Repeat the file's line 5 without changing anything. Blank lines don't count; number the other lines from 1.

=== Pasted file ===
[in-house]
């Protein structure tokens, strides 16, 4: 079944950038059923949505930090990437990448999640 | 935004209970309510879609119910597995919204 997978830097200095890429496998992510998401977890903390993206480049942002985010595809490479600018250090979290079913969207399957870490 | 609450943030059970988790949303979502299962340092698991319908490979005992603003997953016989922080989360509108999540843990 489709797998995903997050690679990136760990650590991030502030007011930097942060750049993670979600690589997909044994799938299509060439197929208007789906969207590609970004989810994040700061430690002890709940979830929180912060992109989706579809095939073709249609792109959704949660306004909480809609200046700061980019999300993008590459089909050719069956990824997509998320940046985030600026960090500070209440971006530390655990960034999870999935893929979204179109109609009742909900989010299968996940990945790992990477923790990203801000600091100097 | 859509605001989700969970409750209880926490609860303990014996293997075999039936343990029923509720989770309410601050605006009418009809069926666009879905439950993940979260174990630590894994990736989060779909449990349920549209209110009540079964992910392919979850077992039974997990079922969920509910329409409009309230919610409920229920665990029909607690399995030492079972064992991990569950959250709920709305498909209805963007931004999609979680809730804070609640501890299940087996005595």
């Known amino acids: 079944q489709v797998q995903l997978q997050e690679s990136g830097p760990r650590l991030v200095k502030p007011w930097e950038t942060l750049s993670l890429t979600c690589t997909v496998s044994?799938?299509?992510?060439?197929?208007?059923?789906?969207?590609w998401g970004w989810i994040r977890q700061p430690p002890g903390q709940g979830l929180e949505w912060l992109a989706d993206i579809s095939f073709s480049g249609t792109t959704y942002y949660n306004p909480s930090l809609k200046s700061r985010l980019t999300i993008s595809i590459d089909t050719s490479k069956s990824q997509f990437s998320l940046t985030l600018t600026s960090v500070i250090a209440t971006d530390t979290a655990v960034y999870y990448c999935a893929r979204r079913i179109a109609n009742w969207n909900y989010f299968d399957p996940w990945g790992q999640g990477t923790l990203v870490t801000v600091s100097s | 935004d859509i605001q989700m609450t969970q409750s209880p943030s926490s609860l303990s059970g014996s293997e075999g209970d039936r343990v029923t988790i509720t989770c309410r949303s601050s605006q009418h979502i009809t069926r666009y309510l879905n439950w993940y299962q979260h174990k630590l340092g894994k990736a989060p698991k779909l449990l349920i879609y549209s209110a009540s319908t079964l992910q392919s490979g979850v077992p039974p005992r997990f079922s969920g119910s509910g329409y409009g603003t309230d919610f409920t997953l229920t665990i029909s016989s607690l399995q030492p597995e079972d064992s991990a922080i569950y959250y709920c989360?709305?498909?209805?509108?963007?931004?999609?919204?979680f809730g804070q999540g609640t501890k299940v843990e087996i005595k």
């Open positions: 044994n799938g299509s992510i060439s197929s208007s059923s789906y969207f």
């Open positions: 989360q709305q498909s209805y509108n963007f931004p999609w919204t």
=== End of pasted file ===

């Open positions: 989360q709305q498909s209805y509108n963007f931004p999609w919204t």